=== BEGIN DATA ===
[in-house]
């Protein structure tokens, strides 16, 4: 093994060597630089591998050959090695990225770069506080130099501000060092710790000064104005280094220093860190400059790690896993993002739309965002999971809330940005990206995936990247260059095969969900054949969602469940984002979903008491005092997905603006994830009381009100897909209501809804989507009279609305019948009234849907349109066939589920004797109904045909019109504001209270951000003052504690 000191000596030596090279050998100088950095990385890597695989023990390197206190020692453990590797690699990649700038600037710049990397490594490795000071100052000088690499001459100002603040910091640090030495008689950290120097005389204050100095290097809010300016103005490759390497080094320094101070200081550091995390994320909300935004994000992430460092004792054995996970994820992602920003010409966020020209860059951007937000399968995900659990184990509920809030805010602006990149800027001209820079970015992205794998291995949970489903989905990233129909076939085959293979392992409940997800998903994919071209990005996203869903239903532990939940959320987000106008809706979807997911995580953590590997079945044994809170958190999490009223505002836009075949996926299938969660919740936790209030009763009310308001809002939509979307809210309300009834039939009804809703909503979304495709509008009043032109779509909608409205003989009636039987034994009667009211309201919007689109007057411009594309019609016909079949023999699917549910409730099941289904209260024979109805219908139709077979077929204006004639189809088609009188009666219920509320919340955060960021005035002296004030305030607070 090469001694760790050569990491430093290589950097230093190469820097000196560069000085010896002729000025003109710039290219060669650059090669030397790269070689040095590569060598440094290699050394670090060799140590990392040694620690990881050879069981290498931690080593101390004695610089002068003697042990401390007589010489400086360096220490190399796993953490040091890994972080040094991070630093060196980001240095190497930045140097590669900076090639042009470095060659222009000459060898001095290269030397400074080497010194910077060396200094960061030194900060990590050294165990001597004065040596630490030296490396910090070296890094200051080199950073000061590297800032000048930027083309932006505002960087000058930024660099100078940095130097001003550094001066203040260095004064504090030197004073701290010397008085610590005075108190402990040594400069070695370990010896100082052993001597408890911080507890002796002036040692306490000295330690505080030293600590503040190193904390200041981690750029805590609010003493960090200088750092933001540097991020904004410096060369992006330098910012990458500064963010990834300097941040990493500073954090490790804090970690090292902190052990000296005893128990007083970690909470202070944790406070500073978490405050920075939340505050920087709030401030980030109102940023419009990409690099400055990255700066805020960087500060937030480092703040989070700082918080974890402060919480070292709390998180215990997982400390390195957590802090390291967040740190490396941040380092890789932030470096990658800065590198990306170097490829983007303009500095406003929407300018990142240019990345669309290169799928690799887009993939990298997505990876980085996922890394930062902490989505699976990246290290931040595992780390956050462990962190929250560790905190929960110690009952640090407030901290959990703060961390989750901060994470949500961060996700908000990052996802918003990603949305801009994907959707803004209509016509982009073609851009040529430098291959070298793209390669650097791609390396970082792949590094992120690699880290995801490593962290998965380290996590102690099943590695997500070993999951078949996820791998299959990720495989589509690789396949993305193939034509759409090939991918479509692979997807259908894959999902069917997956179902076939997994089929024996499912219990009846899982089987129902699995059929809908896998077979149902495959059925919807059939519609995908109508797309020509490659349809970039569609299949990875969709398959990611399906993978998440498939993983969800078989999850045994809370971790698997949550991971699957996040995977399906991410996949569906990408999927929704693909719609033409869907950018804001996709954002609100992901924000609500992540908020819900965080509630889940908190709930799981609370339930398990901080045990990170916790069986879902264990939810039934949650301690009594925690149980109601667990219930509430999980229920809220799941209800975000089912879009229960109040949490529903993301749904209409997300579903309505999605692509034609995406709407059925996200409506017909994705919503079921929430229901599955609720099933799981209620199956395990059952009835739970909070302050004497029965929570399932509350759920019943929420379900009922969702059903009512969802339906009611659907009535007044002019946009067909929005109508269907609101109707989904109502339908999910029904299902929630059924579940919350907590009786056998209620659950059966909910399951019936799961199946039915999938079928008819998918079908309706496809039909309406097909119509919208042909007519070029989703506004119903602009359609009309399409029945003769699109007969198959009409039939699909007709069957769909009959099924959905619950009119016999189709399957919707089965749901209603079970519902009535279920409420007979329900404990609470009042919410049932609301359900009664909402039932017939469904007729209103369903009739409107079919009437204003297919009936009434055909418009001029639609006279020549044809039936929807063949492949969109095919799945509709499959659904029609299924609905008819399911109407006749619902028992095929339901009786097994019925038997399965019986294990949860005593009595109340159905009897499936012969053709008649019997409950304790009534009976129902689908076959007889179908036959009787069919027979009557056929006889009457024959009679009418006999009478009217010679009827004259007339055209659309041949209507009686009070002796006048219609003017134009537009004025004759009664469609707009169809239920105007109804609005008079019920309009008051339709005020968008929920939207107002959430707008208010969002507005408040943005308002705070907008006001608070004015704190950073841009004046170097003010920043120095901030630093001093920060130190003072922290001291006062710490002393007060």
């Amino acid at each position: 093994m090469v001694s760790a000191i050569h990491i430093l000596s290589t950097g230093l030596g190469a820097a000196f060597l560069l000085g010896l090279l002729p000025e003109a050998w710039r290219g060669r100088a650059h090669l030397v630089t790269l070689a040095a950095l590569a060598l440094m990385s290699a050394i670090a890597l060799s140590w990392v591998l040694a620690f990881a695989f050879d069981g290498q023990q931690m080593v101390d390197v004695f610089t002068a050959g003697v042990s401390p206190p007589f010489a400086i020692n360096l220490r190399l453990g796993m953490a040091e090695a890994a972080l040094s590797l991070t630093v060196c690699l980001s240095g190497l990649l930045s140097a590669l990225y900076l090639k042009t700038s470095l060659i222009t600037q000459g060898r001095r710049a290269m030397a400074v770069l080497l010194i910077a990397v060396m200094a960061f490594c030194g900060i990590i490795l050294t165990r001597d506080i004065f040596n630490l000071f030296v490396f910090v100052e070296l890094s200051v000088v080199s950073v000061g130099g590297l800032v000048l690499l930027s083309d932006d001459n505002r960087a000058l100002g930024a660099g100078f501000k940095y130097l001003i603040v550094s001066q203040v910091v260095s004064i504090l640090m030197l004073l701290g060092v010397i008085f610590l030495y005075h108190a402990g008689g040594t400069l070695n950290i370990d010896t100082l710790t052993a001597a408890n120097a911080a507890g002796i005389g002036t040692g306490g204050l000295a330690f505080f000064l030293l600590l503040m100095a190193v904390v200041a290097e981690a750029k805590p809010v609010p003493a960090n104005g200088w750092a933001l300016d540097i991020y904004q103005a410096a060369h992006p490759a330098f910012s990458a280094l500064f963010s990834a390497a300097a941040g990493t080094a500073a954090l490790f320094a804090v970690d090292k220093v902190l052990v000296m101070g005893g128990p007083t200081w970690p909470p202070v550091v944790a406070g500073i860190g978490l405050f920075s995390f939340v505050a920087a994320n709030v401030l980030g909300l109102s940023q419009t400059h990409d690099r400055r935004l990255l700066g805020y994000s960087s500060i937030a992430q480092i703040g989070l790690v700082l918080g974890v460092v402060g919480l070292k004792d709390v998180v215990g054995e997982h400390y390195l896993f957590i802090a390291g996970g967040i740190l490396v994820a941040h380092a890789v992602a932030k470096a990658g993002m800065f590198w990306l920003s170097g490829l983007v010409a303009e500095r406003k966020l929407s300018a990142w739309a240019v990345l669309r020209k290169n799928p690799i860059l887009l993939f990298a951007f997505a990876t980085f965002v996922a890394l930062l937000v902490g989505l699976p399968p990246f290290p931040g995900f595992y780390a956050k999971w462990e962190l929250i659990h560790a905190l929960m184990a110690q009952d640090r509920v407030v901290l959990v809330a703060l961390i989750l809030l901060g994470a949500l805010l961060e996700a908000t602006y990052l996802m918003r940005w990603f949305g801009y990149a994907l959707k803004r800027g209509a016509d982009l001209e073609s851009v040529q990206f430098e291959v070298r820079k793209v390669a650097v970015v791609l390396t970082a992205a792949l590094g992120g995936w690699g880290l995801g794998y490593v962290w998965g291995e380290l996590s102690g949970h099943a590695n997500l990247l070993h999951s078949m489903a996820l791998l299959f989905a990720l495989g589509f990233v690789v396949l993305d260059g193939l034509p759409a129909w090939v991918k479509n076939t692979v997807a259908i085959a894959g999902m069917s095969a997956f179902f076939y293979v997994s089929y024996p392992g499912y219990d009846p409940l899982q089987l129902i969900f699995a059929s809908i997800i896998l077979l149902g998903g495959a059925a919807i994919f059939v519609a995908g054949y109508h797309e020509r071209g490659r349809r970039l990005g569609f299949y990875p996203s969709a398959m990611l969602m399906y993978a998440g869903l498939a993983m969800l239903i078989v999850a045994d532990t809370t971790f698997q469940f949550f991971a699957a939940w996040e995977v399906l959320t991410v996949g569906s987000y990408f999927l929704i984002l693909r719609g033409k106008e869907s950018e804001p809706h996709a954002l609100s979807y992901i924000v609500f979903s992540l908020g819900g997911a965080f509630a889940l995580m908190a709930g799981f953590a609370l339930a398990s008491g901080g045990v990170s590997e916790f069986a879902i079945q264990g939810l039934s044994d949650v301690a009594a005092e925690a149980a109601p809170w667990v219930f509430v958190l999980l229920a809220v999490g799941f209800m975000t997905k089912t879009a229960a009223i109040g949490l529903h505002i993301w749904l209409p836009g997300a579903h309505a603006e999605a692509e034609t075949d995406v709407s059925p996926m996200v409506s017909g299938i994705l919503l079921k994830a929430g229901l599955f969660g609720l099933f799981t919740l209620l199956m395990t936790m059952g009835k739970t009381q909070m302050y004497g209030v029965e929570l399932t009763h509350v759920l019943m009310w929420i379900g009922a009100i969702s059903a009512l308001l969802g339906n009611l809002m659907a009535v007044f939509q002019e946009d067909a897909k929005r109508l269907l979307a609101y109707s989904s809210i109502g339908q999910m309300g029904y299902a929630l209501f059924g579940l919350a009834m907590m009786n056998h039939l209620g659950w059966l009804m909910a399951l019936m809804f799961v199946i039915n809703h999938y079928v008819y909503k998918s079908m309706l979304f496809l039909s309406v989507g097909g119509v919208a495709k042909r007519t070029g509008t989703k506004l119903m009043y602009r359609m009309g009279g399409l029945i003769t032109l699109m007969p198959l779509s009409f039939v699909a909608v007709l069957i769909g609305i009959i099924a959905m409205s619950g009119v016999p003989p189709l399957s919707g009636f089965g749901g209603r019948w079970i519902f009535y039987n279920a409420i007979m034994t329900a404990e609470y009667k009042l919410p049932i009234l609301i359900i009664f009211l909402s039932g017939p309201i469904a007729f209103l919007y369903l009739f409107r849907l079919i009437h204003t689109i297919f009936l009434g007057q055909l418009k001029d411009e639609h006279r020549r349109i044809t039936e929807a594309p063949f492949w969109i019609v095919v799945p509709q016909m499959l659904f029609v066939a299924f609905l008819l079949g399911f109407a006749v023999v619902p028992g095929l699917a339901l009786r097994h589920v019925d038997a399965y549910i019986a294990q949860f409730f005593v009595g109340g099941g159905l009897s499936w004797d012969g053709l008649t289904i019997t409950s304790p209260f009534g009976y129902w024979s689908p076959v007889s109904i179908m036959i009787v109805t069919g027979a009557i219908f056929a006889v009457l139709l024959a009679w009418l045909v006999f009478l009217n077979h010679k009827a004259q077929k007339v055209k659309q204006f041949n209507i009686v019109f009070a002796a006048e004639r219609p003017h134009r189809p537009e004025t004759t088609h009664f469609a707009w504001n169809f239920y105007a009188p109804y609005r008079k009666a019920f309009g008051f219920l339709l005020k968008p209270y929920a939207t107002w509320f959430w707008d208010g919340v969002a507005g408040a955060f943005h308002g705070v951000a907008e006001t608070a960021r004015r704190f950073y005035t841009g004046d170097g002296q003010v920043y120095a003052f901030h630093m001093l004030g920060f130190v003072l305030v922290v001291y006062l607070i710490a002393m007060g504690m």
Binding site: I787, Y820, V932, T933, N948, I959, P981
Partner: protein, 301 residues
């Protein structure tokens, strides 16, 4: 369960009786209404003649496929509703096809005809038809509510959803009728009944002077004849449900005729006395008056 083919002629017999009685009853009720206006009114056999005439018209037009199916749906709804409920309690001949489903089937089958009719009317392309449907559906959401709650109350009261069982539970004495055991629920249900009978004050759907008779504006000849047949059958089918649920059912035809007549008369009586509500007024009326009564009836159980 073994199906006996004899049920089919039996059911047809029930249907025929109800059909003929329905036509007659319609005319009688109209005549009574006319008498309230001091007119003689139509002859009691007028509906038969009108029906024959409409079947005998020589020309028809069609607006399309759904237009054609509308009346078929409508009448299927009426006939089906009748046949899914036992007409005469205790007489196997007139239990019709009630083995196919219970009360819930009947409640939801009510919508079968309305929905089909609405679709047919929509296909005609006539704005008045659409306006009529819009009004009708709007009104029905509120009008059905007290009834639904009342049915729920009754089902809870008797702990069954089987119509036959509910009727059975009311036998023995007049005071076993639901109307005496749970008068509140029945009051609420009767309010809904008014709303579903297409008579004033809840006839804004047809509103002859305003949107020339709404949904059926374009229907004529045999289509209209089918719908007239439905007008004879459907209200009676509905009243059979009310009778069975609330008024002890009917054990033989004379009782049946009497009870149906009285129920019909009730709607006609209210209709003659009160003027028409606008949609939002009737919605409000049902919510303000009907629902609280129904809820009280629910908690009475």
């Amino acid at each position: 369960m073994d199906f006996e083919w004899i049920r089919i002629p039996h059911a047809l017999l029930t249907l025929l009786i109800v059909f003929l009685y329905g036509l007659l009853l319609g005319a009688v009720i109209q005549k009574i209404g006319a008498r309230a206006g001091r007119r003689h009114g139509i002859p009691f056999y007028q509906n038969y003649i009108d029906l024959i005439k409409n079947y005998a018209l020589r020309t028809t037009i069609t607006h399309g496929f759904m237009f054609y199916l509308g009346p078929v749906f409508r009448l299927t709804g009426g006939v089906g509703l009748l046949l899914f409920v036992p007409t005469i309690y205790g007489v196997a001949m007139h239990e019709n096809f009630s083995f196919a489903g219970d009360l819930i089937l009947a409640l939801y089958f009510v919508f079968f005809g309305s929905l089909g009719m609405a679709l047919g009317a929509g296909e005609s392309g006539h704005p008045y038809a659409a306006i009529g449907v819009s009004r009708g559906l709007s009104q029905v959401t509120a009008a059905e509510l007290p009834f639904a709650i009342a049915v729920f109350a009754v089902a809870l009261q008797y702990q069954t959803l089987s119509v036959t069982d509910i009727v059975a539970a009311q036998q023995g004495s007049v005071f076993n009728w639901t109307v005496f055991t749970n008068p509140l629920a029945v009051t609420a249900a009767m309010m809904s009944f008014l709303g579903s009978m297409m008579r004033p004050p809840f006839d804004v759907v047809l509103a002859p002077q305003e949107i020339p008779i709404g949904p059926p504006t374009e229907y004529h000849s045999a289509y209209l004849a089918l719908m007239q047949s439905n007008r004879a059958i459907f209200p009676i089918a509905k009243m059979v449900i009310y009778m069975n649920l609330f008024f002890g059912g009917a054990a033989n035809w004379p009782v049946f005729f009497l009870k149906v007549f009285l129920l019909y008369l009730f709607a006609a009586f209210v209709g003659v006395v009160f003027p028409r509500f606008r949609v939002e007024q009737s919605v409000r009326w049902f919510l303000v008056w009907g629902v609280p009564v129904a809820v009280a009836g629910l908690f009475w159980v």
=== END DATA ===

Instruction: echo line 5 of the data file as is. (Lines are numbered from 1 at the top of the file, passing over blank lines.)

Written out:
Partner: protein, 301 residues